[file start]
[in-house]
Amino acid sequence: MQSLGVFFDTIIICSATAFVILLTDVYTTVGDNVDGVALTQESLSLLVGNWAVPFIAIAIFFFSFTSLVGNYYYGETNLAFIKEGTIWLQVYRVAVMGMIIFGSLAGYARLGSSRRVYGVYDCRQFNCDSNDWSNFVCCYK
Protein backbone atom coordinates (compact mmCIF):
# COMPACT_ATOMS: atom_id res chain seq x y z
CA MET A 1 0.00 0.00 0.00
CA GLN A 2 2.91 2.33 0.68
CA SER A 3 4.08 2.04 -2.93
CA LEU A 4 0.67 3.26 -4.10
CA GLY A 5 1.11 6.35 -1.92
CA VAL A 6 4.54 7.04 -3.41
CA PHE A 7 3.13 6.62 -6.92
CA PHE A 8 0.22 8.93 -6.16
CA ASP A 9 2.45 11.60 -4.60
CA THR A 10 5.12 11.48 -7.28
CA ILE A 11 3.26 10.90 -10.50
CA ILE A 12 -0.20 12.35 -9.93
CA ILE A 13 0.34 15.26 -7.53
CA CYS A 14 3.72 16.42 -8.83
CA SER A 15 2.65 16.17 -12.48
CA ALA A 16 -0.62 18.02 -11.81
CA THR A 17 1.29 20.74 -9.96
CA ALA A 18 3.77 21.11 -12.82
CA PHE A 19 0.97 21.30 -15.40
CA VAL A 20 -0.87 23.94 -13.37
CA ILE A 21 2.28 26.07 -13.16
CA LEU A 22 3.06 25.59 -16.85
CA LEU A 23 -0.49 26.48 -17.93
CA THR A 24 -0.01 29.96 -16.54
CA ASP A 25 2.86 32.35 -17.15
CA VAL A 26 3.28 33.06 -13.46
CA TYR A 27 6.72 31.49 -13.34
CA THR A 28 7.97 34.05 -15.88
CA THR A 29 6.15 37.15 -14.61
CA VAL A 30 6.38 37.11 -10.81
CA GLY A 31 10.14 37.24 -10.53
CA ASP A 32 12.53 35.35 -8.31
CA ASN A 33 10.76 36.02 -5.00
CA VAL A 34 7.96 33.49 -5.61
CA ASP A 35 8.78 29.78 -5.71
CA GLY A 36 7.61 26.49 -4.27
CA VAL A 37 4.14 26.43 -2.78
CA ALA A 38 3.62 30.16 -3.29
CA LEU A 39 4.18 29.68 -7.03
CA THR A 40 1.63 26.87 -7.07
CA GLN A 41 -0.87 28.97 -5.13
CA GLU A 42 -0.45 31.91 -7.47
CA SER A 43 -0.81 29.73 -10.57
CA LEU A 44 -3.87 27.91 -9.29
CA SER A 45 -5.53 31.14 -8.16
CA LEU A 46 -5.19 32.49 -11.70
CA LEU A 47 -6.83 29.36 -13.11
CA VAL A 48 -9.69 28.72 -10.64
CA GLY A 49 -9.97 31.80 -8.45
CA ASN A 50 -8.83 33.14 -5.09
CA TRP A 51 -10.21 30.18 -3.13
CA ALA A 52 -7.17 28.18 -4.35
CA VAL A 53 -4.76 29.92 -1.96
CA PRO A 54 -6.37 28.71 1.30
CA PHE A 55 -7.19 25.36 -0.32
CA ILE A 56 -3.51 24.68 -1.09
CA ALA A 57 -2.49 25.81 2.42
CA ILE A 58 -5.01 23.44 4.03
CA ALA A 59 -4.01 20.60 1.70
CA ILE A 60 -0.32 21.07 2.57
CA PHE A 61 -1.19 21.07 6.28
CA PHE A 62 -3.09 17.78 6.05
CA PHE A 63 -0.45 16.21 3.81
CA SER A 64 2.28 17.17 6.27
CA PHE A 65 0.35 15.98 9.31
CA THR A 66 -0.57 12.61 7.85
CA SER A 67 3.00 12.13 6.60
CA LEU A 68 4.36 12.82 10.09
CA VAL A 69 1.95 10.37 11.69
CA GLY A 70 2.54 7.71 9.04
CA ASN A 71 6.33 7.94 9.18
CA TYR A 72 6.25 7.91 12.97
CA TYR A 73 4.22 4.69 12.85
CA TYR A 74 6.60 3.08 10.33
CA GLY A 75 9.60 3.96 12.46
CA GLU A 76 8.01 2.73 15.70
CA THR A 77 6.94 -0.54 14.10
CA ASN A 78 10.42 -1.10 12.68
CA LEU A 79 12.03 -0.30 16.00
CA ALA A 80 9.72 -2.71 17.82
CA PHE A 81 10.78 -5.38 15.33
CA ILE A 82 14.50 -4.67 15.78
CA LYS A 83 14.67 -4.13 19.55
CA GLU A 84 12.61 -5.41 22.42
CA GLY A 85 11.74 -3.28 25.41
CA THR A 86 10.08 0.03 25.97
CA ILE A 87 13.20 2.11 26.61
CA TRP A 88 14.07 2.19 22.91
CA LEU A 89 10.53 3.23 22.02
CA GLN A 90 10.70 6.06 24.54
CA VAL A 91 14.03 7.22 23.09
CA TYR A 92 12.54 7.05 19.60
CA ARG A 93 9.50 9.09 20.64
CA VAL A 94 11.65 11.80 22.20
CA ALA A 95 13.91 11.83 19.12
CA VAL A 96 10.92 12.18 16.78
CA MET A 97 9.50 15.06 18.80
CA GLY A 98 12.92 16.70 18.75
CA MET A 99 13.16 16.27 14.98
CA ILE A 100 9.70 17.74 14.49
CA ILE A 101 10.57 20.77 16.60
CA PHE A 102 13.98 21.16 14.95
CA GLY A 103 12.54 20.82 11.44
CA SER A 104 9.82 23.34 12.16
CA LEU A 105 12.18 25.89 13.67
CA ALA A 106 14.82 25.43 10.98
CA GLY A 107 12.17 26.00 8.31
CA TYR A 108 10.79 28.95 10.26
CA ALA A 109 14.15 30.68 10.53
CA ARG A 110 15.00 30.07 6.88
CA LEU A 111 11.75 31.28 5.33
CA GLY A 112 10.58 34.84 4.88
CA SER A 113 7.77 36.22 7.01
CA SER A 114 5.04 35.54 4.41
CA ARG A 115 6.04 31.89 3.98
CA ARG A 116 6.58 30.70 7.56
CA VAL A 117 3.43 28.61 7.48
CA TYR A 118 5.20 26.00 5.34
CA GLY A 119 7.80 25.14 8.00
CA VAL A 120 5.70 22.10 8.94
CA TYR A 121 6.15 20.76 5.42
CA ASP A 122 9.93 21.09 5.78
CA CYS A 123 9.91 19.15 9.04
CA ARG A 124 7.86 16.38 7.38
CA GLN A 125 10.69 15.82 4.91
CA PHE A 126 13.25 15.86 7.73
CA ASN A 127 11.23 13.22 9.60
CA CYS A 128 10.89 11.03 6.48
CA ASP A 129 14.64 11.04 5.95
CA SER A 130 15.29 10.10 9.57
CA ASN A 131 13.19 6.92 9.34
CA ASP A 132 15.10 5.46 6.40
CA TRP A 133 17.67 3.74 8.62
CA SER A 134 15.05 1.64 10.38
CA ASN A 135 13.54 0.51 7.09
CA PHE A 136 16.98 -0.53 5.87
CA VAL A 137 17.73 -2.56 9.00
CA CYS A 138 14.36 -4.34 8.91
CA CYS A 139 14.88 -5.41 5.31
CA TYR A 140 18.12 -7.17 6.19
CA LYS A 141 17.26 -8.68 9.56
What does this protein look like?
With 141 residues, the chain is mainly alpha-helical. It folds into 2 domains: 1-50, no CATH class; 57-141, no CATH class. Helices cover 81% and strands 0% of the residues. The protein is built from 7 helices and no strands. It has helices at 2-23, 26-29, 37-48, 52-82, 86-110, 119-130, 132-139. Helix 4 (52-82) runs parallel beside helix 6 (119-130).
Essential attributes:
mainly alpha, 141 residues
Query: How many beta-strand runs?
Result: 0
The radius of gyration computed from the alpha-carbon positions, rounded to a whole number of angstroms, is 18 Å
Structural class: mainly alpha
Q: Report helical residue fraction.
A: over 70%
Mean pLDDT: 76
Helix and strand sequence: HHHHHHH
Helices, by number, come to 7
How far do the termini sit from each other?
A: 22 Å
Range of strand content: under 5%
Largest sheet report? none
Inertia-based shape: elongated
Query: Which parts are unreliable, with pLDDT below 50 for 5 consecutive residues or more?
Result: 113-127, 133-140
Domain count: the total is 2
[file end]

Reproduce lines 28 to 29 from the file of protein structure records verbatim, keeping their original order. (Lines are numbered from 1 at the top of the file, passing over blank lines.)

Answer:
CA THR A 24 -0.01 29.96 -16.54
CA ASP A 25 2.86 32.35 -17.15